We wanted to be brave and quixotic with our journey – we trusted the power of our instruments. Could we go out there and make a life for ourselves without any preconceptions of what it might be? Could our voices and instruments create a pathway? As it turned out, we really could.’
Sound familiar? It’s the lofty romanticism that inspired itinerant troubadours to hobo the Jim Crow South in the 1920s, motivated Bob Dylan to hitch out of Hibbing, and Woody Guthrie to hit the dusty highways of backwoods America. But this time around, the words belong to Jay ‘Ketch’ Secor, fiddler, singer, harmonica, banjo and mandolin player extraordinaire, and main man of Old Crow Medicine Show. Such was the band’s haunting vision when they drove out of Ithaca, New York in 1998, following a quintessential American birthright that promises big sky country and the conviction that if you play your cards right, then who knows? You might just get what you want.
‘It felt the right kind of time to be crossing North America when our band was formed,’ Ketch explains. ‘We set out like a circus, and just set up on a street corner and start playing; every time you met people and somebody had a party, or knew a bar that would hire you. We’ve played everything from retirement homes, to Indian reservations to package stores, everywhere that could be played,’ he reflects without irony. ‘We were a nine piece with three different cars at one point. We’d pull over and sleep at the side of the road and someone might go ahead and try and set something up in the next town. There was a lot of walking into bars and saying, “We’re here! You didn’t know that you booked a string band from Virginia and Texas, but you did and we’re here.” It was like the Blues Brothers showing up in that chicken house and I don’t know if it would work now; there were no web pages or social media outlets to build up hype and hysteria, just you on a street corner. No posters, no stage.’
Since then Old Crow Medicine Show has seduced audiences with short and impossibly catchy songs, taken from a ragbag of primal influences – old timey bluegrass, Mississippi string bands, jug bands and folk. The result is a rambunctious, good time romp that’s seen the six-piece storm the hallowed inner sanctum of the Grand Ole’ Opry, and watch ‘Wagon Wheel’ – a song on which Ketch shares credits with his idol Bob Dylan – approach platinum sales status. ‘It’s a dream come true to have borrowed a Bob Dylan song and then convince your hero that he wrote it with you!’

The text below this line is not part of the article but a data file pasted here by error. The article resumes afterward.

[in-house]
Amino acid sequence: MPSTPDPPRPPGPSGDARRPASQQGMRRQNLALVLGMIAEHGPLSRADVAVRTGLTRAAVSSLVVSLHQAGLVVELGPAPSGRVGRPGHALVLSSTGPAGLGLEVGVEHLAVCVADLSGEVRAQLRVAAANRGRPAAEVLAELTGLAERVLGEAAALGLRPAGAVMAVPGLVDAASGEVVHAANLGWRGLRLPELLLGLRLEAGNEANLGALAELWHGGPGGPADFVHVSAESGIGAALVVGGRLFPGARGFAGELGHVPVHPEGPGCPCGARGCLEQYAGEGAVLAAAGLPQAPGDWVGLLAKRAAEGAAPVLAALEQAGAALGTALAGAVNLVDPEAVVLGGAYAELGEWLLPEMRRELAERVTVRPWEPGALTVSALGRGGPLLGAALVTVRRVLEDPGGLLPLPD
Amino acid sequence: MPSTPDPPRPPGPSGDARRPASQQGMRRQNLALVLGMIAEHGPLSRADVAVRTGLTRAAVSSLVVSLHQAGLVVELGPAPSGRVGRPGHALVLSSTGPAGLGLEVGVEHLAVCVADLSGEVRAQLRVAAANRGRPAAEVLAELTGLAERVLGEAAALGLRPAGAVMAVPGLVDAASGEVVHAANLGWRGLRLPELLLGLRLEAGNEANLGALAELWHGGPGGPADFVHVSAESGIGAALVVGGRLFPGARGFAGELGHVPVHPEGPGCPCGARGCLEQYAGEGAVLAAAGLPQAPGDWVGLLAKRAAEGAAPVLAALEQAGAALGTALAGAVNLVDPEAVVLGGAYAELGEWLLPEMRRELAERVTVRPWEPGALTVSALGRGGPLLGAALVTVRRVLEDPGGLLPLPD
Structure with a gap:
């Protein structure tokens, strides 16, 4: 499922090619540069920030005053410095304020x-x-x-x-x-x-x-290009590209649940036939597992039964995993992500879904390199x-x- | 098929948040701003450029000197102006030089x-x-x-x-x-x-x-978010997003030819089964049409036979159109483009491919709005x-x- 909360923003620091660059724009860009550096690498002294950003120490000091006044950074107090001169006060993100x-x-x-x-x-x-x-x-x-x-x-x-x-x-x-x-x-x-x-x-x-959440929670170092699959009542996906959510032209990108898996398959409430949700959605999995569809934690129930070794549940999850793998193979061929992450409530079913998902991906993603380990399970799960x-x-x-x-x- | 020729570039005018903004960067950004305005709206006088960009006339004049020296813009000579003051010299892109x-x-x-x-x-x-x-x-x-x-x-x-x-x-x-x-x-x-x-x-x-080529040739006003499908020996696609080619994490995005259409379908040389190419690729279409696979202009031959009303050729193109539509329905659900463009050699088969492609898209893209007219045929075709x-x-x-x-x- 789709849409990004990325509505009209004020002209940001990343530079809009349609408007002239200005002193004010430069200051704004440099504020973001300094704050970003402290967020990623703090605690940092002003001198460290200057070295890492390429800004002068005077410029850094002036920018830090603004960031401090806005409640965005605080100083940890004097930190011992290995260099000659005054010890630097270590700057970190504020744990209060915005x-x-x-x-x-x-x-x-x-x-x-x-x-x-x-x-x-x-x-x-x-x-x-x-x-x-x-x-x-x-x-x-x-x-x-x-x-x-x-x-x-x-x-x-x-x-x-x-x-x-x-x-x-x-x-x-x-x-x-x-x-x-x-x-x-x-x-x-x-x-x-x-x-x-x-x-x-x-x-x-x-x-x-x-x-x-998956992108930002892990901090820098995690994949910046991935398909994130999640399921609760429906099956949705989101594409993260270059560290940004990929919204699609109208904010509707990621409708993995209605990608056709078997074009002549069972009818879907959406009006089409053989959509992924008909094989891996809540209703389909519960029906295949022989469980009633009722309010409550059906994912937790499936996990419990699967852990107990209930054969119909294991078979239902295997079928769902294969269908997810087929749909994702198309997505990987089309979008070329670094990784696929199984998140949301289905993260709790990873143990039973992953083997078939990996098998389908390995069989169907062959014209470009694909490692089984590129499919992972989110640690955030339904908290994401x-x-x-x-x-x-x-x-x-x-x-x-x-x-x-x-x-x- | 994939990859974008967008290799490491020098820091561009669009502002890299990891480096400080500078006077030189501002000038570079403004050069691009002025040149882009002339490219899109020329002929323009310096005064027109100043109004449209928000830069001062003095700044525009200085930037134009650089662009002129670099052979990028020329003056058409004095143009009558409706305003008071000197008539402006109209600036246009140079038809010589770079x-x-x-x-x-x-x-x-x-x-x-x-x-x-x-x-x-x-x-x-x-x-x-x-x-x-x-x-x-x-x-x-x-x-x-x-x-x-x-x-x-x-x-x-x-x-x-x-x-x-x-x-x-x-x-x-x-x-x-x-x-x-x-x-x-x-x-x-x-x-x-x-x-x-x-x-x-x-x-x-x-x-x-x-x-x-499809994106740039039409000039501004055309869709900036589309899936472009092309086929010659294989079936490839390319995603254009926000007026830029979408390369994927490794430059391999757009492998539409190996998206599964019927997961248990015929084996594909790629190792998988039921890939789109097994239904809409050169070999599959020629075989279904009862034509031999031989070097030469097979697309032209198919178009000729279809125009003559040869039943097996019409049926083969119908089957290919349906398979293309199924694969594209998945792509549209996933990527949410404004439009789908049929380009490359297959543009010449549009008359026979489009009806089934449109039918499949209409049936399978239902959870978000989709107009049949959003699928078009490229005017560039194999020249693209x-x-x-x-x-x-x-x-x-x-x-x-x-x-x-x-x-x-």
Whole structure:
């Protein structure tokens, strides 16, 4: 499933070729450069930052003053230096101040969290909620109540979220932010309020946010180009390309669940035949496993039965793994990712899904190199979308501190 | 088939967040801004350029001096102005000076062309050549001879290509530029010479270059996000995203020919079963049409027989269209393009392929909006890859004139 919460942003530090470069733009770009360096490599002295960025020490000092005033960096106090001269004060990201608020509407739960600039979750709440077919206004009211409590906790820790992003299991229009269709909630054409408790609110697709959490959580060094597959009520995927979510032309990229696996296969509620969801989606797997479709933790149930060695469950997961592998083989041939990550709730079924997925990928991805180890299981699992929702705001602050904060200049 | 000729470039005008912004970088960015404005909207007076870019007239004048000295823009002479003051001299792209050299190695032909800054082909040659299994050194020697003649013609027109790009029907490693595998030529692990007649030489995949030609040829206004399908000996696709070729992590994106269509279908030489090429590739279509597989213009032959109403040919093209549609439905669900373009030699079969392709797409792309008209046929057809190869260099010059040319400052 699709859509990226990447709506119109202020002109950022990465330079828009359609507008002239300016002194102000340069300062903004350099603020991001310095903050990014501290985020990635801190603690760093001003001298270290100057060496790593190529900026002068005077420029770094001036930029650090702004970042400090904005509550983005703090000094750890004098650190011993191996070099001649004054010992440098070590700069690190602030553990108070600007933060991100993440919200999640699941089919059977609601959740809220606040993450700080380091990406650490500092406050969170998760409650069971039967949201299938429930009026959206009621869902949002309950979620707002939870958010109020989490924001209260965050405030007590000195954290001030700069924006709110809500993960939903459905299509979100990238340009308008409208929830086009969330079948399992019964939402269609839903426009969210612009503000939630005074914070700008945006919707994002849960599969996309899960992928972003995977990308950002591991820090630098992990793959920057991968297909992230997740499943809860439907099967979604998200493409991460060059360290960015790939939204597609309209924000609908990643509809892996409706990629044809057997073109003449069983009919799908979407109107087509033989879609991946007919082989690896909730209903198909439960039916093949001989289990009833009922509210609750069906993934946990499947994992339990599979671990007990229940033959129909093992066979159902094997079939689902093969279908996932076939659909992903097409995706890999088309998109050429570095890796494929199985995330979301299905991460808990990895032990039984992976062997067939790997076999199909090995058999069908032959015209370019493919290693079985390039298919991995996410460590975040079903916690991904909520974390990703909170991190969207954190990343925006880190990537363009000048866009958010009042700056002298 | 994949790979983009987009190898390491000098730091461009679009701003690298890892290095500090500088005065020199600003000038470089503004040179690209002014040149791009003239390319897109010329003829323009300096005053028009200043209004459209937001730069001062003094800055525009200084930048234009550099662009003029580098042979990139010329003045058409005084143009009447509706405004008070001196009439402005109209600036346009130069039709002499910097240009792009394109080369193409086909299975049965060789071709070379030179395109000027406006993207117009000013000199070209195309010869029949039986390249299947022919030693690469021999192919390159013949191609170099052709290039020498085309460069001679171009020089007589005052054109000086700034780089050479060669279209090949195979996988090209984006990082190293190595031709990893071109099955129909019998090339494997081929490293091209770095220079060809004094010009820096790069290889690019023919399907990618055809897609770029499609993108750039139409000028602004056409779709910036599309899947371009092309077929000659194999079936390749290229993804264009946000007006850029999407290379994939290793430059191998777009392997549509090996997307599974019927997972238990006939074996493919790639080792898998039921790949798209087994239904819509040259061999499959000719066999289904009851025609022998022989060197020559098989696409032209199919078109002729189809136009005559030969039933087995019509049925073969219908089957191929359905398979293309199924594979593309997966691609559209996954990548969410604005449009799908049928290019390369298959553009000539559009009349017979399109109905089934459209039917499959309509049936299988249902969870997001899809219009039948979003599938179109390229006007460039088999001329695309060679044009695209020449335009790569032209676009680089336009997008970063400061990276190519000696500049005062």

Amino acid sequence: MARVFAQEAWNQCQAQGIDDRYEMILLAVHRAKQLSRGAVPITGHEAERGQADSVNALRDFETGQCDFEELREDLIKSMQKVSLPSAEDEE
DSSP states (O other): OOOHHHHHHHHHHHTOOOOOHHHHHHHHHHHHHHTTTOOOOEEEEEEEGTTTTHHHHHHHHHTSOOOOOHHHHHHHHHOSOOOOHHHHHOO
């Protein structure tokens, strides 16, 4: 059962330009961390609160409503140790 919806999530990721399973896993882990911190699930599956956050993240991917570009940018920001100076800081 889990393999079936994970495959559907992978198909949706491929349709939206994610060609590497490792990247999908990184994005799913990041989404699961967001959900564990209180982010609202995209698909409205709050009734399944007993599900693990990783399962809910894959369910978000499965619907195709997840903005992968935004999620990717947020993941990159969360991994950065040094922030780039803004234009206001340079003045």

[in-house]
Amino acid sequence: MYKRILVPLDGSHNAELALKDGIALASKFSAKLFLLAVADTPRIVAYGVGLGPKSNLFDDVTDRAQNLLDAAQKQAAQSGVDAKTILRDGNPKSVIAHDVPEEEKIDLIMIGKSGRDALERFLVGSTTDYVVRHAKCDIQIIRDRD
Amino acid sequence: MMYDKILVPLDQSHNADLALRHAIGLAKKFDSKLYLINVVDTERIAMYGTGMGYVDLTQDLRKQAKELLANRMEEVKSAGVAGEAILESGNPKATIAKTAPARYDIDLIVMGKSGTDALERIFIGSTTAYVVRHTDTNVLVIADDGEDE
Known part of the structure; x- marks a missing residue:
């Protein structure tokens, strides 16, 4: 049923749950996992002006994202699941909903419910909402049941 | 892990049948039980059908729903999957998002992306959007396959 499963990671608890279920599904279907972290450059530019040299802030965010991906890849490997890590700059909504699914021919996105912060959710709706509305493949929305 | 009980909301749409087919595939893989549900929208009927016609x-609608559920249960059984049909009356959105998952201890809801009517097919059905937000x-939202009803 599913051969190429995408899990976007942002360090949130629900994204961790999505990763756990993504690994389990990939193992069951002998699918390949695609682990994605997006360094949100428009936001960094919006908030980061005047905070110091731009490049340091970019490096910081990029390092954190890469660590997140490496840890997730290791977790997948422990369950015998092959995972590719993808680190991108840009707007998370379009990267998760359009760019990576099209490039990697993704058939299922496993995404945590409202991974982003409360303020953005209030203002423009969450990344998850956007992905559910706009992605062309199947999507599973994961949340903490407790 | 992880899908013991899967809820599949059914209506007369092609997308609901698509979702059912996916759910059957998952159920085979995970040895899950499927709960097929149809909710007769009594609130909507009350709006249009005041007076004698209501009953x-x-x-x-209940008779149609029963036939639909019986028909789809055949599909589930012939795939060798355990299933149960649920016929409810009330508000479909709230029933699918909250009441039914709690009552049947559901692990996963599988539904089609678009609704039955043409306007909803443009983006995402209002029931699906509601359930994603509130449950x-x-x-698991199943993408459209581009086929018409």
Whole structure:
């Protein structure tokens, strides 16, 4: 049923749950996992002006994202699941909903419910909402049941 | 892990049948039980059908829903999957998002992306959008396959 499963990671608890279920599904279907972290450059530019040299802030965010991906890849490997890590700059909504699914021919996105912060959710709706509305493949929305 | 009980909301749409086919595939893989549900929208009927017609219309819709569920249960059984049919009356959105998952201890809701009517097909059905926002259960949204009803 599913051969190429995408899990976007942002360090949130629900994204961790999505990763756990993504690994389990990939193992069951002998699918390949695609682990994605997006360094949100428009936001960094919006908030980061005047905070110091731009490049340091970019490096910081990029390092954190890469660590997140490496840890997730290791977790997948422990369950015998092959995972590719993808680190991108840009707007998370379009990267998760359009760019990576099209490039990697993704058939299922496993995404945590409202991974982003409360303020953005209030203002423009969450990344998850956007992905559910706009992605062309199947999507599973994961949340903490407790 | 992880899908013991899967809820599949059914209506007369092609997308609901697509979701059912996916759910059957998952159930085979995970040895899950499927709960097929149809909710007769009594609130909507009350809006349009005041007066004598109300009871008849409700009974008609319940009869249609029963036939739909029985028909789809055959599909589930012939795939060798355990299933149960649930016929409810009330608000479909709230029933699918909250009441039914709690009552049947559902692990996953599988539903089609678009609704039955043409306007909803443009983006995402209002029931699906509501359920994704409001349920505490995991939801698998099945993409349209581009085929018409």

Altogether good going for a band led by Ketch and his best buddy Christopher ‘Critter’ Fuqua, two guys that started out playing banjo on the small town streets of Harrisonburg, Virginia.
‘When Critter and I were 14-years-old we were the only banjo players in town without beards and old trucks. Now probably the majority of banjo players out there don’t have beards or drive old trucks, because they’re from Brooklyn, went to Ivy League colleges and have a day job in web design,’ Ketch snorts.
‘I grew up listening to Pete Seeger and I pined for banjo playing, but the first song I ever learnt to play on the guitar at about 12-years-old was a Phil Ochs tune; I guess in the social aspect of music I was a little protest kid, but the first thing I really gravitated towards was playing rock n’ roll with heavy distortion on my guitar in a garage band with Critter – that was our introduction to music together, rocking out!’ he laughs. ‘Shortly after that, when I began to play the banjo, it became very clear to me that I should play folk music. It was like the banjo picked me up rather than the other way – there was no choice.’
By the time he turned 18, Ketch was already playing harmonica, mandolin and a fiddle that he purchased in a local pawnshop. ‘It was cheap but I always felt that the quality of the player was more important than the quality of the instrument. I think that buying expensive instruments is a bit over-rated; it’s all about what you put into them. I always beat on a guitar and a banjo and it wasn’t until recently that I started to care about the quality of a good vintage instrument. Most of my fiddles were factory-made in Germany from the 1920s after the First World War. There were some great fiddles being made then,’ Ketch adds. ‘I also use a 1968 Martin D-18 and Critter plays a Gibson Hummingbird and Gibson RB banjos. I’ve always felt like twice the instrument that I’ve held in my arms; it’s the voice behind it that counts because that’s what people are hearing.’